What’s a good manager worth? 2

As a manager, what are you worth?

Much has been written about the value of CEOs. Companies justify huge bonuses and compensation packages to keep top talent from moving on. But what about middle management, department managers, shift managers? How can their worth be measured?

The National Bureau of Economic Research published a working paper written by Edward P Lazear, Kathryn L. Shaw and Christopher T. Stanton . It is titled The Value of Bosses. What I found exciting is they looked at value from a productivity standpoint.  There were three conclusions:

  1. The choice of boss matters. There is substantial variation in boss quality as measured by the effect on worker productivity. The average boss is about 1.75 times as productive as the average worker
  2. A boss’s primary activity is teaching skills that persist.
  3. Efficient assignment allocates the better bosses to the better workers because good bosses increase the productivity of high quality workers by more than that of low quality workers.

Simply put, you can get more out of your better workers when they are led by a better boss. Better bosses teach. Better bosses inspire.

Better bosses make their employees more efficient. Michael Quinlan as President of McDonald’s Corporation said that “one of the most important aspects of his job-and one at which he spends approximately one-third of his time-was cutting red tape.

Productivity is a wonderful measure of worth. As a manager, you create value for your team (and for yourself) when productivity increases. Every one of us as managers should look at the value we are currently providing and make sure we are doing the things that will continue to show our worth as boss.

The Three C’s of Interviews – Two land the interview, the third lands the job 5

Has this ever happened to you? You hear about a job and review the posting. The job description reads just like your resume. You have done everything that the company is looking for. Your references and your on-line presence confirm you are that person. You apply and get a call for an interview. The job seems destined to be yours! But something goes a little sideways during the actual interview and two weeks later you learn they hired someone else. What happened?

Employers really are only looking for three things.  The first two are what get you into their office for the interview. The third is what actually gets you the job. 

The Three C’s of Interviews are:

  1. Capability
  2. Character
  3. Compatibility

First, they want to know if you can do the job. Some major employers now use keyword software to sift through on-line applications looking for specific skills. Make sure you read the posting completely and include references to the exact skills being advertised.

Second, employers want someone they can trust.  Be sure to coach your references so they know what position you are applying for. Remind them of specific projects that you were involved in so they have a positive story to tell about your abilities. And review your on-line presence. Know what an employer will see when they Google your name.

The third C is the hardest to measure. Before the interview make sure you have done your homework about the company, the industry and the major players in the organization. As you enter the building, the office or the conference room, you must be observant. Look at the posters and pictures on the walls. How are the employees interacting? Are there clues you can pick up about the culture?

Years ago I had an interview for a management position.  The Executive I was to speak with was seated at his desk. Behind him was a huge photo of a sailboat. I was the Commodore of our sailing team in college and had lived on a sailboat for a year between high school and college. It was very easy to find a mutual interest that showed the interviewer I was compatible. Conversely, at another company the poster behind the interviewer said “we are going to have a sales contest, the winner gets to keep their job”. That was a very different kind of interview.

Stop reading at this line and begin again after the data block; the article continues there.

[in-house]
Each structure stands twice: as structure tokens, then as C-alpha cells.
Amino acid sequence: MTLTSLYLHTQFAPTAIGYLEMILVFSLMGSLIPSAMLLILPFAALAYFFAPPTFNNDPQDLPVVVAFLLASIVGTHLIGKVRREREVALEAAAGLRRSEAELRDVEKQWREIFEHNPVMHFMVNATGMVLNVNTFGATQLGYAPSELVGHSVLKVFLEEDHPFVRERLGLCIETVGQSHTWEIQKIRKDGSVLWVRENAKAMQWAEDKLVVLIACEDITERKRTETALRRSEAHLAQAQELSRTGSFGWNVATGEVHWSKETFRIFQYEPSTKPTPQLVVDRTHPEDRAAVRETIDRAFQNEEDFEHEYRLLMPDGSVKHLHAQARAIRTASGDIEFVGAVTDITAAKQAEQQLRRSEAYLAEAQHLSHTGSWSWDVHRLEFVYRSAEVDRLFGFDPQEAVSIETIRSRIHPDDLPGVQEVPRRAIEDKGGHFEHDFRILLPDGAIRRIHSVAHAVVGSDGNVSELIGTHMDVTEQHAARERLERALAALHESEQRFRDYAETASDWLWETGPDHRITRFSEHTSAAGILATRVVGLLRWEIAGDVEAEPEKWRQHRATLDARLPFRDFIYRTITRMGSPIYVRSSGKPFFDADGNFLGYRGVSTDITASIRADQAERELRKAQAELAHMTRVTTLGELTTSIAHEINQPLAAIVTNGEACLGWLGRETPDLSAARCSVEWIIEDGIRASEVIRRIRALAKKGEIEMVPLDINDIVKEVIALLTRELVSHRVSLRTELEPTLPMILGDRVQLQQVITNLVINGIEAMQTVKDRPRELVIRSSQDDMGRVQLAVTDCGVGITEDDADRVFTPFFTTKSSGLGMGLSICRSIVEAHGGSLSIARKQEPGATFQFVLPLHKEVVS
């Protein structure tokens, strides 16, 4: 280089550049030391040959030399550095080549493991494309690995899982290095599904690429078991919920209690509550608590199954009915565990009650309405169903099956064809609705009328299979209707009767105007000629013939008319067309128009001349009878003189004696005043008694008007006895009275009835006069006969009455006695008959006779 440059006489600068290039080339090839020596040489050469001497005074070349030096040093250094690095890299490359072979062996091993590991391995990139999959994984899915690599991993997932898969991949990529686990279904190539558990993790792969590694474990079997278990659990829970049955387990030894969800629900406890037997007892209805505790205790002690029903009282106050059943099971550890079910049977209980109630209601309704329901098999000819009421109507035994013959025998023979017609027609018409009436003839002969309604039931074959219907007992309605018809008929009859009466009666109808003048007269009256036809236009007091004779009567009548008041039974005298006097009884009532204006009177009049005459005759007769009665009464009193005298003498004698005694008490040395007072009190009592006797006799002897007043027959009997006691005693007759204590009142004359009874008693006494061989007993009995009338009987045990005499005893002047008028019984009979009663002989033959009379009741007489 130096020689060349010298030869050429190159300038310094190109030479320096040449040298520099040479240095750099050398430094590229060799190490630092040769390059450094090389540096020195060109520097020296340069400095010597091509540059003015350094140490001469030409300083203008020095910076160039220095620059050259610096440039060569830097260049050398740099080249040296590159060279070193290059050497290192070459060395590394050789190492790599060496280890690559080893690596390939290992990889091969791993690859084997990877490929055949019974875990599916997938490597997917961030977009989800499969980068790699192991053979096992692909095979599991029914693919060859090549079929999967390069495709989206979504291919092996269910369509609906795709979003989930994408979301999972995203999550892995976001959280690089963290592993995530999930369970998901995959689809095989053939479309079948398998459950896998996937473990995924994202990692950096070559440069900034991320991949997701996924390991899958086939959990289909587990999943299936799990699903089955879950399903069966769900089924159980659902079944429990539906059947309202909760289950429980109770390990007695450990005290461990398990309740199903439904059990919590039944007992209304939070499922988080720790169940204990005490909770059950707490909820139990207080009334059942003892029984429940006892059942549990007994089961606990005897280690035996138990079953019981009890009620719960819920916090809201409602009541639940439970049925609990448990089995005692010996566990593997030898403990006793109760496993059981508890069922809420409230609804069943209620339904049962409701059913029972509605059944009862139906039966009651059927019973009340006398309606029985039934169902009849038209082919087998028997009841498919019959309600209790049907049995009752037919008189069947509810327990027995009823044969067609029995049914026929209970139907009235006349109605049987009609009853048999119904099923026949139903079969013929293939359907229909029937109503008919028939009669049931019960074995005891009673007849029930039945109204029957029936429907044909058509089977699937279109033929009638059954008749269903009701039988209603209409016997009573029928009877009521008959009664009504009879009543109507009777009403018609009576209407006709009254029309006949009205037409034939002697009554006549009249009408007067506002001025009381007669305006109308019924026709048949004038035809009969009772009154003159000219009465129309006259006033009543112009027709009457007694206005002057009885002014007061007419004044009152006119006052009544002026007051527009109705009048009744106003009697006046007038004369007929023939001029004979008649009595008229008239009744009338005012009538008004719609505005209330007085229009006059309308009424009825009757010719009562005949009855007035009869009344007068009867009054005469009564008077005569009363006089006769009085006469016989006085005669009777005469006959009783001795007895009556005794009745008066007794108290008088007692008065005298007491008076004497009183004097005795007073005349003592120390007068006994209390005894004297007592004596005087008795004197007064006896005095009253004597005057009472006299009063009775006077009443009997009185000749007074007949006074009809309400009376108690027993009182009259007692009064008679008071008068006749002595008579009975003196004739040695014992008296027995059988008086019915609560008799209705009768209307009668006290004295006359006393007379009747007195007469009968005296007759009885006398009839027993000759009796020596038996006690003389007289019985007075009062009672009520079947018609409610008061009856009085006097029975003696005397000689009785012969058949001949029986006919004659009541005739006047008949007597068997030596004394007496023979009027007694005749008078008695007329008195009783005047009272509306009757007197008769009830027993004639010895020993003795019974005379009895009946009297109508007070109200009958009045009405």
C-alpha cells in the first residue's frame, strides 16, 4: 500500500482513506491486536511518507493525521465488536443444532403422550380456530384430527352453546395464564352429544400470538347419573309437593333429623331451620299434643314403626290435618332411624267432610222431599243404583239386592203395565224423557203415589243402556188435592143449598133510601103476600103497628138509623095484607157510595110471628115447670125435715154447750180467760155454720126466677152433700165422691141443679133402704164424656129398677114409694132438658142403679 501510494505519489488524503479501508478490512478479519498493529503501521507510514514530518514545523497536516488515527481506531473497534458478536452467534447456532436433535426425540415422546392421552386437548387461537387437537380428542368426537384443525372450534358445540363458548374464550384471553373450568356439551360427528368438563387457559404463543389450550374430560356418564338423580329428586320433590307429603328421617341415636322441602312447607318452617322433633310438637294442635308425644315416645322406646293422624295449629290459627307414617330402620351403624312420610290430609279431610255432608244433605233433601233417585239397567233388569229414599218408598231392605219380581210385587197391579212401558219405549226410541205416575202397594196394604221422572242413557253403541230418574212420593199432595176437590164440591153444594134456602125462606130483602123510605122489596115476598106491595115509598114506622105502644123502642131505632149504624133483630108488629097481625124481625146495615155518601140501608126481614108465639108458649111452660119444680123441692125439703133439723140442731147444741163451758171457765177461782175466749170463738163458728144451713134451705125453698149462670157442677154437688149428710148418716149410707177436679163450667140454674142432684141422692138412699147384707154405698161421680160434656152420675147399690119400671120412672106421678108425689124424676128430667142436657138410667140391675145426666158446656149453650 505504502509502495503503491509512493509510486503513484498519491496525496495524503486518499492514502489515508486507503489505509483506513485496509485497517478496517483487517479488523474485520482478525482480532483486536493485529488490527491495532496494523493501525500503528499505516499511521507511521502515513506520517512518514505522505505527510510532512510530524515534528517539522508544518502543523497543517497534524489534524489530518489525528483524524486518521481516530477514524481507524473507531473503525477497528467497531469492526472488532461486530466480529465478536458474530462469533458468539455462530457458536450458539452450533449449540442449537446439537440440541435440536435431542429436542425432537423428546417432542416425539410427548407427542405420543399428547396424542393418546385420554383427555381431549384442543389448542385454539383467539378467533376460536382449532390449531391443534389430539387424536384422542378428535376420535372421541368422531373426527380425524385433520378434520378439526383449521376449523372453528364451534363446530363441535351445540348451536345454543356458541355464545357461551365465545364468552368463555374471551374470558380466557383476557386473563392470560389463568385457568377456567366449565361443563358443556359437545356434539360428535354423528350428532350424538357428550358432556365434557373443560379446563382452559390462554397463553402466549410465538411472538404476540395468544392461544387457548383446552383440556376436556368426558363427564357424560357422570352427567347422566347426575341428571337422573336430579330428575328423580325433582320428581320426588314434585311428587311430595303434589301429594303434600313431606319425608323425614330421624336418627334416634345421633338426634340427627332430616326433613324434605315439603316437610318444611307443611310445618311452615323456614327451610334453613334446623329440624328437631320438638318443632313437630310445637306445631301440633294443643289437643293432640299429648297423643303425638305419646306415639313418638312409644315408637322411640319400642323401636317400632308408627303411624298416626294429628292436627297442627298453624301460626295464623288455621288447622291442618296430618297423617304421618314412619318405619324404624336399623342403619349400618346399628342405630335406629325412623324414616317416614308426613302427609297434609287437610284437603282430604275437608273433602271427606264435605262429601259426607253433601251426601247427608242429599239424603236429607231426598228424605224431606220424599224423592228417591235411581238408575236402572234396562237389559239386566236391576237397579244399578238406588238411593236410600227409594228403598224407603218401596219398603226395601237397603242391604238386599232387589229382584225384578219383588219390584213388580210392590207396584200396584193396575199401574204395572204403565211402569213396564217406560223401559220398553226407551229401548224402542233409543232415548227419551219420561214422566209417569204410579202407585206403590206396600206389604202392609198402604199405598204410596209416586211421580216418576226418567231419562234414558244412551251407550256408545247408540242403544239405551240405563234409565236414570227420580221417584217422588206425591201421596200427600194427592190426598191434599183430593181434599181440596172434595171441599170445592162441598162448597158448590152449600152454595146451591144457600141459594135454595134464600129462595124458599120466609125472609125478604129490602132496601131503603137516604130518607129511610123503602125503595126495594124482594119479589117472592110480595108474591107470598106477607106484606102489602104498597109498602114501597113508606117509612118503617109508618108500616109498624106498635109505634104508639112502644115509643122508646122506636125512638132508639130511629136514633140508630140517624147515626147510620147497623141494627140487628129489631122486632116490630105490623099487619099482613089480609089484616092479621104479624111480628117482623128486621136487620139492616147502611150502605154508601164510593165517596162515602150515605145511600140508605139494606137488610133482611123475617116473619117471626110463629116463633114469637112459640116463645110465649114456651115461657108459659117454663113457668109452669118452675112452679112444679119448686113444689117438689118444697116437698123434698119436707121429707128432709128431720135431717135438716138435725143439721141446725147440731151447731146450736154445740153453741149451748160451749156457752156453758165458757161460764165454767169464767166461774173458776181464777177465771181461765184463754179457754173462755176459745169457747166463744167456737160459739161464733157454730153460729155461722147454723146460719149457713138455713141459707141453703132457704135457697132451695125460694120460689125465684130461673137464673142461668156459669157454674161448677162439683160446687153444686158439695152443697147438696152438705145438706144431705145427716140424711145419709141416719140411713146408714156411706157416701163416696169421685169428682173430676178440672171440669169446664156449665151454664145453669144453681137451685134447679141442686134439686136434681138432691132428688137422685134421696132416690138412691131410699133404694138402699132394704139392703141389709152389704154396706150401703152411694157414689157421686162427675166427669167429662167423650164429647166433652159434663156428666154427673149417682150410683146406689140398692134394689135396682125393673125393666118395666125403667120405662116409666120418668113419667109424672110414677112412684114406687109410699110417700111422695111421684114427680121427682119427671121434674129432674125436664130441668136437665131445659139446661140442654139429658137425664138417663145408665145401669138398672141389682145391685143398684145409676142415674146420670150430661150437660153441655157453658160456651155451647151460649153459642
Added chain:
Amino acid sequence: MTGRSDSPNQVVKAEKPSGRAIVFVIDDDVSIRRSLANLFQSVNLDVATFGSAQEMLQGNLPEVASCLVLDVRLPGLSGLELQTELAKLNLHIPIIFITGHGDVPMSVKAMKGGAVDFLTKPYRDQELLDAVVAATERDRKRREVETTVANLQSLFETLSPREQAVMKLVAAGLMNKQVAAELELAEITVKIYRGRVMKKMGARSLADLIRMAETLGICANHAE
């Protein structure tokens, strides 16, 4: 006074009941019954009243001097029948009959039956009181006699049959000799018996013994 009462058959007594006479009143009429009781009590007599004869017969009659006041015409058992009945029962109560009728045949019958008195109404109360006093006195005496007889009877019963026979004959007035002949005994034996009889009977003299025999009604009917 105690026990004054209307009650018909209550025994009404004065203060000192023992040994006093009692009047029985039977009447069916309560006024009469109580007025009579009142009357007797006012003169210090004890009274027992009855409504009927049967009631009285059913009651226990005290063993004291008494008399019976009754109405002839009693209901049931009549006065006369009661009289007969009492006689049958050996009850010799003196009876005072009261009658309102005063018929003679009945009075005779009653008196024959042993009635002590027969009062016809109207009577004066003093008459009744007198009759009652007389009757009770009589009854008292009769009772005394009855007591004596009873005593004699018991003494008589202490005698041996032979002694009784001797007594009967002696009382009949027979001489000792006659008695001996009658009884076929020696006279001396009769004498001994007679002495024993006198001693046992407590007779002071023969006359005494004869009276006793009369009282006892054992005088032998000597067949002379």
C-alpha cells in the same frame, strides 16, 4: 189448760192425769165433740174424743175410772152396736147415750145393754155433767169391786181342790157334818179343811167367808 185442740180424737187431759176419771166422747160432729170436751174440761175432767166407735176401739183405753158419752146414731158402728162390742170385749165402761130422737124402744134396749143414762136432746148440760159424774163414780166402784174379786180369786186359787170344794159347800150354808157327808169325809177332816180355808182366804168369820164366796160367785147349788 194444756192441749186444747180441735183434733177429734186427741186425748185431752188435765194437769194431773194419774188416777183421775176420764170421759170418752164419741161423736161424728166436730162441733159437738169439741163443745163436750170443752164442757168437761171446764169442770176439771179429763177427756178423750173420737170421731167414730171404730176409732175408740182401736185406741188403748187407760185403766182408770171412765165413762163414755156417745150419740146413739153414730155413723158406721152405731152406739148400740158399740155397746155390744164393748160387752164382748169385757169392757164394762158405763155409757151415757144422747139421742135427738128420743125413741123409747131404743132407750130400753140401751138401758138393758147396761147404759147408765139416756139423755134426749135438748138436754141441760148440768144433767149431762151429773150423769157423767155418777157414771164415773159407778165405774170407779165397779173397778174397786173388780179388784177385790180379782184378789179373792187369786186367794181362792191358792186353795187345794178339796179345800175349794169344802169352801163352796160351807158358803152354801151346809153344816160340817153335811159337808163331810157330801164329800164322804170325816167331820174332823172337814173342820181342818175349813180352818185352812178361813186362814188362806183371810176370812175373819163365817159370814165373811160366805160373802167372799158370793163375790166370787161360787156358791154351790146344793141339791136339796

In the end, you can feel pretty confident that you have gotten past the first two C’s when they call you for an interview. Your job during the interview is to make them “C” you fitting in. Do that and you will be sitting in a new hire orientation for your new job.

The 9 Hour, 12 minute and 36 second challenge 1

How do you spend your workday? On average, a full-time American worker spends 9 hours, 12 minutes and 36 seconds working and commuting. Do you enjoy what you do? Can you honestly say “I can’t believe they are paying me to do this?

I spent a summer during college working for the Virginia Institute of Marine Science. My job was to collect water samples in the Chesapeake Bay. I would tow an 18 foot Grady-White motor boat with twin Mercury outboards to different rivers that feed into the Bay. I would then follow the incoming tide, stopping to take water samples at designated intervals. One overcast day I saw two water spouts dancing around the mouth of the York River. I saw magnificent sunrises, sunsets and met interesting people at every marina I stopped at. “I couldn’t believe they were paying me to do what I would have done for free”.

Ok, you’ve got me. Having a summer job and “working for a living” is not the same thing. But, the closer you can get to that feeling, the more satisfaction you will get from your 9 hours, 12 minutes and 36 seconds.

Where did everybody go? 5

Labor Day Holiday

The last week of “summer” is usually marked by a lack of productivity. As the Labor Day sales ads hit the airwaves, people who have not taken a vacation jump ship and head for the beach.  Many have already taken this week off, knowing that their plates will be full after Labor Day.

There are many signs that this week is not about work. On a Macro-scale, volume on the NYSE drops significantly. This year is no exception. On a micro-scale, many of my Facebook friends are posting vacation pictures. Re-tweets to my Twitter posts are down this week. On LinkedIn, there are very few new connection updates being posted. Traffic to my blog is down for the first time this year.

I have not joined the ranks of the vacationers yet. But I hear the weekend calling and I will soon yield to its call. If you don’t hear from me until Tuesday, you will know why.

Enjoy the holiday!